What should Automated Testing Look like for Kubernetes Apps? by@natelee

What should Automated Testing Look like for Kubernetes Apps?

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Nate Lee HackerNoon profile picture

Nate Lee

Experienced API and Automation expert with 12 years of background in the DevOps Testing space.

Software as a service (SaaS) applications today scale exponentially as startups race to match customer demand with service delivery. To match the needs of large and complex codebases, testing setups need to scale with them, especially with the rise of containerized apps deployed on increasingly large Kubernetes clusters. Testing these applications requires automated processes and real-world requirements and can be folded into existing development and delivery workflows.

In other words, testing application code from the very beginning of the production cycle extending through CI/CD must be done in a testing environment that recreates — or mocks — the working production environment on Kubernetes. DevOps teams should make this a priority, because not employing CI testing will — among other things —  almost invariably involve the release of more bugs in production and having to spend more time fixing them later.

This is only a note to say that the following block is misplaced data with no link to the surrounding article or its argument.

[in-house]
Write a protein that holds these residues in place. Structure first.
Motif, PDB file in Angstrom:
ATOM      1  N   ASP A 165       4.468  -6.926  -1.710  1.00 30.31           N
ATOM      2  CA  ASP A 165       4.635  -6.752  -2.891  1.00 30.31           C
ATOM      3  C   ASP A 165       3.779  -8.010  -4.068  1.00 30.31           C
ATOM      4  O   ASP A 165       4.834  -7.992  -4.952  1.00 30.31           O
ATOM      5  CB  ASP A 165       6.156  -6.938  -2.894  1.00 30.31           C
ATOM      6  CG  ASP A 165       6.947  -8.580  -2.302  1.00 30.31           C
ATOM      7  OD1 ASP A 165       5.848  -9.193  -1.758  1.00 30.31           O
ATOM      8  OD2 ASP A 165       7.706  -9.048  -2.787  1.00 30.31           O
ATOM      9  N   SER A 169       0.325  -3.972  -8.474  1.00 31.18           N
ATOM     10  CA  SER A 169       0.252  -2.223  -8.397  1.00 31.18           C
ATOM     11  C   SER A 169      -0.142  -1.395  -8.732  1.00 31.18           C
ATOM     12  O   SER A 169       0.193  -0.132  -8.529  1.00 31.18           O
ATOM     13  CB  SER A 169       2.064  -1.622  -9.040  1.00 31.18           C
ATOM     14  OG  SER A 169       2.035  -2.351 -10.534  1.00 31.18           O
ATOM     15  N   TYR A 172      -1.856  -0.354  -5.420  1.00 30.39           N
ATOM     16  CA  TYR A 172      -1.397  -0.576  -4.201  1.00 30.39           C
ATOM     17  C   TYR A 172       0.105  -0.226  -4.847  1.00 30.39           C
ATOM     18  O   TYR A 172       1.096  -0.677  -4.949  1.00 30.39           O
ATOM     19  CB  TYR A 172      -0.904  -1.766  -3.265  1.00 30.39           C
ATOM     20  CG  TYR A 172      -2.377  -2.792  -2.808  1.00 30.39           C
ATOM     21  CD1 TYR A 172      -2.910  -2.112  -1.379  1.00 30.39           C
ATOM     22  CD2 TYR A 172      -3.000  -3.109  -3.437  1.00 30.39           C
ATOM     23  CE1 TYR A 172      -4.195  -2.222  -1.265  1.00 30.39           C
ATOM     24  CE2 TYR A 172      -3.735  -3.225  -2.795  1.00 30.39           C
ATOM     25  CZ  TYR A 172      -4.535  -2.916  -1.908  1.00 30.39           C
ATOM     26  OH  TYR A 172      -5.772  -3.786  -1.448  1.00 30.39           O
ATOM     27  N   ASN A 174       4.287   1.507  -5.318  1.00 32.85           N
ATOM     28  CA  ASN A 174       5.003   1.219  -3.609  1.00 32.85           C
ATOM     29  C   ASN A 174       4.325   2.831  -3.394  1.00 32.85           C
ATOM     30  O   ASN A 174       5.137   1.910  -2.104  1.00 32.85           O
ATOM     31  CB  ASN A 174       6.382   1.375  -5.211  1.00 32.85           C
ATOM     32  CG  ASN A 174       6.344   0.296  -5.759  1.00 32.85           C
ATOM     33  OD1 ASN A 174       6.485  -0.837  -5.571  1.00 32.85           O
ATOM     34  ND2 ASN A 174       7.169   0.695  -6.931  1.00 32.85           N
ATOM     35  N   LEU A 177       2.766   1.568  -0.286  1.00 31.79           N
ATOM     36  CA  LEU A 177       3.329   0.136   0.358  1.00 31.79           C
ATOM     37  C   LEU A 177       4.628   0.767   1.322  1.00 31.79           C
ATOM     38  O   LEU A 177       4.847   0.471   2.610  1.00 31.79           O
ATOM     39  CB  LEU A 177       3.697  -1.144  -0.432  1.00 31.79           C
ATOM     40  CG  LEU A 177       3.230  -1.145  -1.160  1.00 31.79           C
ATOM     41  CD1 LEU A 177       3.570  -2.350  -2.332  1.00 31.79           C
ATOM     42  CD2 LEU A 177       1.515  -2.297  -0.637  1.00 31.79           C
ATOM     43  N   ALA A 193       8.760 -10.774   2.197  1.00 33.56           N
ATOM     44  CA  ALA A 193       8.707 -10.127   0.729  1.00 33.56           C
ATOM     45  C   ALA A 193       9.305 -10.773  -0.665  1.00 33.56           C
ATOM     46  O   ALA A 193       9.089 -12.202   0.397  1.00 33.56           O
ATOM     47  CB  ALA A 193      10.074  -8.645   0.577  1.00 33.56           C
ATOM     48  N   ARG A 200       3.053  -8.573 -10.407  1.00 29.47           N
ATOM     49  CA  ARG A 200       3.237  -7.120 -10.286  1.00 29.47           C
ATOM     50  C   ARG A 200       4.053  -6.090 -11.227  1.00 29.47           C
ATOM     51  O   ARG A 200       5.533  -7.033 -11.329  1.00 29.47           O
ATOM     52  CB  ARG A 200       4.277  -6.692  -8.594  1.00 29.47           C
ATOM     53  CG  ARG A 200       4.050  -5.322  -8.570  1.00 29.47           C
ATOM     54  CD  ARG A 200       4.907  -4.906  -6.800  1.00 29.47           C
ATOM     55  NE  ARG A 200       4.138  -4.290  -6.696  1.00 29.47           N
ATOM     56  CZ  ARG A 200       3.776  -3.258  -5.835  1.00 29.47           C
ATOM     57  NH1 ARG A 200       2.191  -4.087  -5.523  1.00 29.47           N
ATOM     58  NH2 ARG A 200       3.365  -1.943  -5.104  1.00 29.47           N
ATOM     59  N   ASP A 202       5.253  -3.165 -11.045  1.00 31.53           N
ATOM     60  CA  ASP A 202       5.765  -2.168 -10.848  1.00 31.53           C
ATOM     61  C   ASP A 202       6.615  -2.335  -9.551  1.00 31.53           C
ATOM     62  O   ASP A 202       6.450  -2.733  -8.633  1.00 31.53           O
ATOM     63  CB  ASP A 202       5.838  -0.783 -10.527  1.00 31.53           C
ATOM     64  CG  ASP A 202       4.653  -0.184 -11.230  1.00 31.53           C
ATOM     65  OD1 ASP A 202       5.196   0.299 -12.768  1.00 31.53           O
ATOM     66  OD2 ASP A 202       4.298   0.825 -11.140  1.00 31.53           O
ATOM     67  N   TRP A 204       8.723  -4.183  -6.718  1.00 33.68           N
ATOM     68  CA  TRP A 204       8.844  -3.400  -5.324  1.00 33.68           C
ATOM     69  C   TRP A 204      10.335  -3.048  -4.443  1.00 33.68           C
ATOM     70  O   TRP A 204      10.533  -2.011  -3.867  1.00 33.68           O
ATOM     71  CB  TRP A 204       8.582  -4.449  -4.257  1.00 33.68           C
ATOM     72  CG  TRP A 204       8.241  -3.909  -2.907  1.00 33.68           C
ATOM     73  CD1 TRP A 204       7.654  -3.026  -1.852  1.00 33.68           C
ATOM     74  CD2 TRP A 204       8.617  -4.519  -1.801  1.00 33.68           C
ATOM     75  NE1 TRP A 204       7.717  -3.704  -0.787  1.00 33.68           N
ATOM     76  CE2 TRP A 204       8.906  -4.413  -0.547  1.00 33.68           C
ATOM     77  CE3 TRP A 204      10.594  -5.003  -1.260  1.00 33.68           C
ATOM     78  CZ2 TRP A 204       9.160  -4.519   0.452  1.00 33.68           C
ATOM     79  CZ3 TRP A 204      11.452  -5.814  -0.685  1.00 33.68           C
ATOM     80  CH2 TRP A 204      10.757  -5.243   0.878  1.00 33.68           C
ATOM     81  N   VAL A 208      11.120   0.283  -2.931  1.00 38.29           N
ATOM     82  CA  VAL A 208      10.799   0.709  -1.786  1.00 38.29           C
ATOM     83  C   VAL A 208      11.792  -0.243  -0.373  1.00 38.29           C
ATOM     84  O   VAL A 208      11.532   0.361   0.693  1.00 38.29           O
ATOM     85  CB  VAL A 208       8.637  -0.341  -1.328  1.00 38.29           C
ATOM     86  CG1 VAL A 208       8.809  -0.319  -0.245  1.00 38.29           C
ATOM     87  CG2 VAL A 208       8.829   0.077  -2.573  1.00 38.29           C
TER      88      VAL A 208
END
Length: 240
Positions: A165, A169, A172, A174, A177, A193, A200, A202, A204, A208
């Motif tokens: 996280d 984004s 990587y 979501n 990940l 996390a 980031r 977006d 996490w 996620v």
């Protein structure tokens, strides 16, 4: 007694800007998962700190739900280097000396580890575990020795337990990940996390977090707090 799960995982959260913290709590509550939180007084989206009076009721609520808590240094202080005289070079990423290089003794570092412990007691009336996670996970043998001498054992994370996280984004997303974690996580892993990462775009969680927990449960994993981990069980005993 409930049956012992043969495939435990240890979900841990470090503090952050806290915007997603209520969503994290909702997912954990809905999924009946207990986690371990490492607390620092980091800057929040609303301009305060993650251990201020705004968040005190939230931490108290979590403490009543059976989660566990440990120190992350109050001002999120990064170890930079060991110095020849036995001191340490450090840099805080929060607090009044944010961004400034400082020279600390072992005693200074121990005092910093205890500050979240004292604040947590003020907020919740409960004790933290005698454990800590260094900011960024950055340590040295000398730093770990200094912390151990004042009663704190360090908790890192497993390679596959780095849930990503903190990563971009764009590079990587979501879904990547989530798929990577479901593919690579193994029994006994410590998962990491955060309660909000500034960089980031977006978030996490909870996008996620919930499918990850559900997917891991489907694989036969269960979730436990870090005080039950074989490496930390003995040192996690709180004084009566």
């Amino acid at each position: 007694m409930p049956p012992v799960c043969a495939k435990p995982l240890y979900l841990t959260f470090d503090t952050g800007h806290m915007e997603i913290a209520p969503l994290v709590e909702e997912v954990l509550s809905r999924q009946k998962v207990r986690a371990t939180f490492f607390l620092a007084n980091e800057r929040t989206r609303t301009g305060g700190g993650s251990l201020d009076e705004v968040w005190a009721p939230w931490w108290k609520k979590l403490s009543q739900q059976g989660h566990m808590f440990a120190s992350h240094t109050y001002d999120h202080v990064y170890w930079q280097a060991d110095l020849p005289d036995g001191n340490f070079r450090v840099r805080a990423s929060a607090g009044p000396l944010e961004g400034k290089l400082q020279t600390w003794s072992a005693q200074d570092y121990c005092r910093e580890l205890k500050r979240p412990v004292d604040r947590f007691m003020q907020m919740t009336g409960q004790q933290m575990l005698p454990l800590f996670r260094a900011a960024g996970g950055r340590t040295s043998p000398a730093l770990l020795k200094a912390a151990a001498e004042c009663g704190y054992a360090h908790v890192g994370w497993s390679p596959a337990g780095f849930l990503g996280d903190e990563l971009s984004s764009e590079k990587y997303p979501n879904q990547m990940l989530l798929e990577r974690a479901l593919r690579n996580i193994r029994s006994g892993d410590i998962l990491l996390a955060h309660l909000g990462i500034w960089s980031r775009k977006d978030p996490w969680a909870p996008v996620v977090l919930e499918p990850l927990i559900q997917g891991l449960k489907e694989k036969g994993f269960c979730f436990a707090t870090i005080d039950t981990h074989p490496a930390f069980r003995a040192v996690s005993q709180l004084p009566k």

image

Automated Test (r)evolution

Meanwhile, much time, effort and thought have been devoted to figuring out how to effectively test SaaS applications. However, the production-oriented priorities of most engineering departments means that engineering teams often scale much quicker than quality assurance (QA) roles or testing teams can. A 2020 survey by JetBrains showed that software engineering teams overwhelmingly had a QA-engineer-to-developer ratio of one to three or less.

This increase in scale is not just a matter of size. As the code solution grows, its complexity increases and the transparency of the solution to the developer decreases. Changes in infrastructure, such as when making a shift to Docker or Kubernetes environments, allow the application's infrastructure to scale more easily to serve customer needs. However, with this shift to containerized environments comes challenges associated with testing as the functionality of a code solution becomes more opaque. This is where the industry’s reliance on unit testing meets its limits.